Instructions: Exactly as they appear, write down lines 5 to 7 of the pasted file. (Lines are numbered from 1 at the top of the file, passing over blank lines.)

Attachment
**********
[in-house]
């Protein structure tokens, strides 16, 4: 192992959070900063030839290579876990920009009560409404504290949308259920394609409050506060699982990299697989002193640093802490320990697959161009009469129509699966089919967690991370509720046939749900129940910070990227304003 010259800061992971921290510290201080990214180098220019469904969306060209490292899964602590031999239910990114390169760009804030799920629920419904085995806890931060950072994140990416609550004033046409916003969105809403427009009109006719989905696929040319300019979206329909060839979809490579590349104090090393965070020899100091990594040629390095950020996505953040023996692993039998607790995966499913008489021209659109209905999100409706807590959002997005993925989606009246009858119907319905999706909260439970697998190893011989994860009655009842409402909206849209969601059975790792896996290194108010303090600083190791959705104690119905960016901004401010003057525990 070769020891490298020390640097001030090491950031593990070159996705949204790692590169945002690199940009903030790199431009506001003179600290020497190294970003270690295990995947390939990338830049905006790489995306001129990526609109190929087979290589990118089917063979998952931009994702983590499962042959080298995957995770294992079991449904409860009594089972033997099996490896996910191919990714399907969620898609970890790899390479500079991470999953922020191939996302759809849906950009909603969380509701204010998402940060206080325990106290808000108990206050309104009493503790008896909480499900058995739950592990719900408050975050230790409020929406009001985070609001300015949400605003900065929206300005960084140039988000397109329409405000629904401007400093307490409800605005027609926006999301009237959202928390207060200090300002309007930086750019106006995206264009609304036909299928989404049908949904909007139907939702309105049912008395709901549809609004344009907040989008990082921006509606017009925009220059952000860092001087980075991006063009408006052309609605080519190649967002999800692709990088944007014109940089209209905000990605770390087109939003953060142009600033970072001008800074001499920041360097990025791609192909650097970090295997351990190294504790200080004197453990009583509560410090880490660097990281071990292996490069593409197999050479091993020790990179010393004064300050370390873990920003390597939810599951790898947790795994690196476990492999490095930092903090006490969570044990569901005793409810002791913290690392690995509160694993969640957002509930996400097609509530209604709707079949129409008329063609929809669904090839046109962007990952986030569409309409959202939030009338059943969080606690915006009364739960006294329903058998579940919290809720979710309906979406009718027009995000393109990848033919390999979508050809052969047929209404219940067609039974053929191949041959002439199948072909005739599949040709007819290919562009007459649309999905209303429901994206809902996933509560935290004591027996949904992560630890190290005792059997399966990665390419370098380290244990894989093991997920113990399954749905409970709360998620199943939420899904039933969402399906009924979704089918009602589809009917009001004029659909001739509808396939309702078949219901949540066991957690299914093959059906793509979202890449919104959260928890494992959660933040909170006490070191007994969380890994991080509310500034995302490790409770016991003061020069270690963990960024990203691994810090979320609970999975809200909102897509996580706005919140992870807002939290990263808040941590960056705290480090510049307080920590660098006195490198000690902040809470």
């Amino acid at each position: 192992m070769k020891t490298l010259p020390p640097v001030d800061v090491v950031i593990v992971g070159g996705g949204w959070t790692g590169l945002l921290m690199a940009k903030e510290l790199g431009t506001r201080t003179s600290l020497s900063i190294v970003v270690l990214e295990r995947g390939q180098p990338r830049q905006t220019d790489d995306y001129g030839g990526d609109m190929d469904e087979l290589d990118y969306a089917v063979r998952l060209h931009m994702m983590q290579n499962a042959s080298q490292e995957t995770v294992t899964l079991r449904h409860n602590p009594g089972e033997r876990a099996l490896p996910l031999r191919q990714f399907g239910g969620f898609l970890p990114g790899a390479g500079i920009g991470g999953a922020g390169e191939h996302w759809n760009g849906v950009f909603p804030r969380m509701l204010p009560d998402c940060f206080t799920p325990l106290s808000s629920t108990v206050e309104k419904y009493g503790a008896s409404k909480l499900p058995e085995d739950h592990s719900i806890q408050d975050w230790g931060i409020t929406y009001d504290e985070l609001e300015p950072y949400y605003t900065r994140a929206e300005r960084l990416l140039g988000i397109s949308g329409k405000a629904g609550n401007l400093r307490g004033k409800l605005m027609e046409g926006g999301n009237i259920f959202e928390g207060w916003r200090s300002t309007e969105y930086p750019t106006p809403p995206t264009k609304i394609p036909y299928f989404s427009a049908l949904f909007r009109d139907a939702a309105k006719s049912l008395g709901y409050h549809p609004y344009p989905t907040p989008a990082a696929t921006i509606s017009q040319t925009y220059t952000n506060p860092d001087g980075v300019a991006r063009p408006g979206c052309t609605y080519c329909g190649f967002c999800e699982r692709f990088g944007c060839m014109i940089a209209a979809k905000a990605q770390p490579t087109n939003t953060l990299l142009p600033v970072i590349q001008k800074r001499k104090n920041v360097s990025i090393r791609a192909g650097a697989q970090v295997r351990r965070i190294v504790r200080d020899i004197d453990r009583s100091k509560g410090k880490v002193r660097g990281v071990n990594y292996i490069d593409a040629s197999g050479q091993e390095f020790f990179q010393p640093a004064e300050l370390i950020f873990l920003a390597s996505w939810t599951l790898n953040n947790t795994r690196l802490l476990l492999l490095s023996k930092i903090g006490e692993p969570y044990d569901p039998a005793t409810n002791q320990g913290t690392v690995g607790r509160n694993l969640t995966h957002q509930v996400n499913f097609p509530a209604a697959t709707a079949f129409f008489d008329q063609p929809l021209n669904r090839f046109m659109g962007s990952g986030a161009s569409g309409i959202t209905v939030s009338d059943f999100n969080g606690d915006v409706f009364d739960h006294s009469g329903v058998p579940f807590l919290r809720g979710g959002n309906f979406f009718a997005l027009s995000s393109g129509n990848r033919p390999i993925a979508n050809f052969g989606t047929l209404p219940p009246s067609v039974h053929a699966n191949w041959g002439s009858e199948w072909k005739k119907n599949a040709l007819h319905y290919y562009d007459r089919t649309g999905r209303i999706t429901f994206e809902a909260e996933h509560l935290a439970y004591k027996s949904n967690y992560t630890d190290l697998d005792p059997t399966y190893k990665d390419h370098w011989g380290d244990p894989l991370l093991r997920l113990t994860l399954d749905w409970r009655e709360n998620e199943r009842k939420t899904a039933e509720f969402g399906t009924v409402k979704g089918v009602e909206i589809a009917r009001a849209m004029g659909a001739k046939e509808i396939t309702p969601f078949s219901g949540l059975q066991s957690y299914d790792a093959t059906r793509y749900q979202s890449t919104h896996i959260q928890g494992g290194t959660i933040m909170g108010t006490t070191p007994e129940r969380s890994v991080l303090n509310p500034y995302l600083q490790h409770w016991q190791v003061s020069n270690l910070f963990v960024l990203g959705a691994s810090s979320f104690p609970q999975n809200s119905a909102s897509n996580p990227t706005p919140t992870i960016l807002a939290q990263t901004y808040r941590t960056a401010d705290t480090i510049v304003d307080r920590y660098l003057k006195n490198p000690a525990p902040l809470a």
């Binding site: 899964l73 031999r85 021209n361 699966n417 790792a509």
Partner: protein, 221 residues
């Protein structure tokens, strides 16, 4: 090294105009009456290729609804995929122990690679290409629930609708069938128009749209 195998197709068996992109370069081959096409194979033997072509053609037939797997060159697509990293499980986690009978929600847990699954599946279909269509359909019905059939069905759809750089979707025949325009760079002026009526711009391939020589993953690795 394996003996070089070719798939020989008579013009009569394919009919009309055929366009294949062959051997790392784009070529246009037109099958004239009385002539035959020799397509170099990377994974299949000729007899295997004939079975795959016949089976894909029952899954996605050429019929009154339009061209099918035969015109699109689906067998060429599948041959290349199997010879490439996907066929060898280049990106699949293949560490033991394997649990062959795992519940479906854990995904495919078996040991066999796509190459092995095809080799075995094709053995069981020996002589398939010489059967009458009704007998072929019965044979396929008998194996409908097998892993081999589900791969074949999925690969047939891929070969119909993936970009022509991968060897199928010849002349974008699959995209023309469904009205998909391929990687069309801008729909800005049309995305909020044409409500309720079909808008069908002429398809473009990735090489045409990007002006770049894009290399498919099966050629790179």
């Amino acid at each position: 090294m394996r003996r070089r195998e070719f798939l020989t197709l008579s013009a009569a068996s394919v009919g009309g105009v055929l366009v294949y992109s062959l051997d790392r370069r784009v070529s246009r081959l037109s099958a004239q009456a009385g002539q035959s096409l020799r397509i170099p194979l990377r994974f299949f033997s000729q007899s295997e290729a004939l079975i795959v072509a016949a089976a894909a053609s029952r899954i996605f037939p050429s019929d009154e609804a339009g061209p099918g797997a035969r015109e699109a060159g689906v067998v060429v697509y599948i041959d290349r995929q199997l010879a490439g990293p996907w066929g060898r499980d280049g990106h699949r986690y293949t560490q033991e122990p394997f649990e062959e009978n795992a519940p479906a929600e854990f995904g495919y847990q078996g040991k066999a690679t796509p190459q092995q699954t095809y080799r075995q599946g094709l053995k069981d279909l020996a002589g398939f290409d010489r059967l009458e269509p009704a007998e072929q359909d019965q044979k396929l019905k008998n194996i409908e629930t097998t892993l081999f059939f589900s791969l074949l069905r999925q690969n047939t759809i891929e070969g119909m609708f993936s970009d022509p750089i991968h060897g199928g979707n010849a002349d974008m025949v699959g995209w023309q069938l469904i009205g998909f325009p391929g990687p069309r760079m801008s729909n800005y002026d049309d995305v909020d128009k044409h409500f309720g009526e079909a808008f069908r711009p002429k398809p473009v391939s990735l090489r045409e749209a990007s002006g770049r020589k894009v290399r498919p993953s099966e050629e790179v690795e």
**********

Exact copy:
Partner: protein, 221 residues
């Protein structure tokens, strides 16, 4: 090294105009009456290729609804995929122990690679290409629930609708069938128009749209 195998197709068996992109370069081959096409194979033997072509053609037939797997060159697509990293499980986690009978929600847990699954599946279909269509359909019905059939069905759809750089979707025949325009760079002026009526711009391939020589993953690795 394996003996070089070719798939020989008579013009009569394919009919009309055929366009294949062959051997790392784009070529246009037109099958004239009385002539035959020799397509170099990377994974299949000729007899295997004939079975795959016949089976894909029952899954996605050429019929009154339009061209099918035969015109699109689906067998060429599948041959290349199997010879490439996907066929060898280049990106699949293949560490033991394997649990062959795992519940479906854990995904495919078996040991066999796509190459092995095809080799075995094709053995069981020996002589398939010489059967009458009704007998072929019965044979396929008998194996409908097998892993081999589900791969074949999925690969047939891929070969119909993936970009022509991968060897199928010849002349974008699959995209023309469904009205998909391929990687069309801008729909800005049309995305909020044409409500309720079909808008069908002429398809473009990735090489045409990007002006770049894009290399498919099966050629790179």
């Amino acid at each position: 090294m394996r003996r070089r195998e070719f798939l020989t197709l008579s013009a009569a068996s394919v009919g009309g105009v055929l366009v294949y992109s062959l051997d790392r370069r784009v070529s246009r081959l037109s099958a004239q009456a009385g002539q035959s096409l020799r397509i170099p194979l990377r994974f299949f033997s000729q007899s295997e290729a004939l079975i795959v072509a016949a089976a894909a053609s029952r899954i996605f037939p050429s019929d009154e609804a339009g061209p099918g797997a035969r015109e699109a060159g689906v067998v060429v697509y599948i041959d290349r995929q199997l010879a490439g990293p996907w066929g060898r499980d280049g990106h699949r986690y293949t560490q033991e122990p394997f649990e062959e009978n795992a519940p479906a929600e854990f995904g495919y847990q078996g040991k066999a690679t796509p190459q092995q699954t095809y080799r075995q599946g094709l053995k069981d279909l020996a002589g398939f290409d010489r059967l009458e269509p009704a007998e072929q359909d019965q044979k396929l019905k008998n194996i409908e629930t097998t892993l081999f059939f589900s791969l074949l069905r999925q690969n047939t759809i891929e070969g119909m609708f993936s970009d022509p750089i991968h060897g199928g979707n010849a002349d974008m025949v699959g995209w023309q069938l469904i009205g998909f325009p391929g990687p069309r760079m801008s729909n800005y002026d049309d995305v909020d128009k044409h409500f309720g009526e079909a808008f069908r711009p002429k398809p473009v391939s990735l090489r045409e749209a990007s002006g770049r020589k894009v290399r498919p993953s099966e050629e790179v690795e």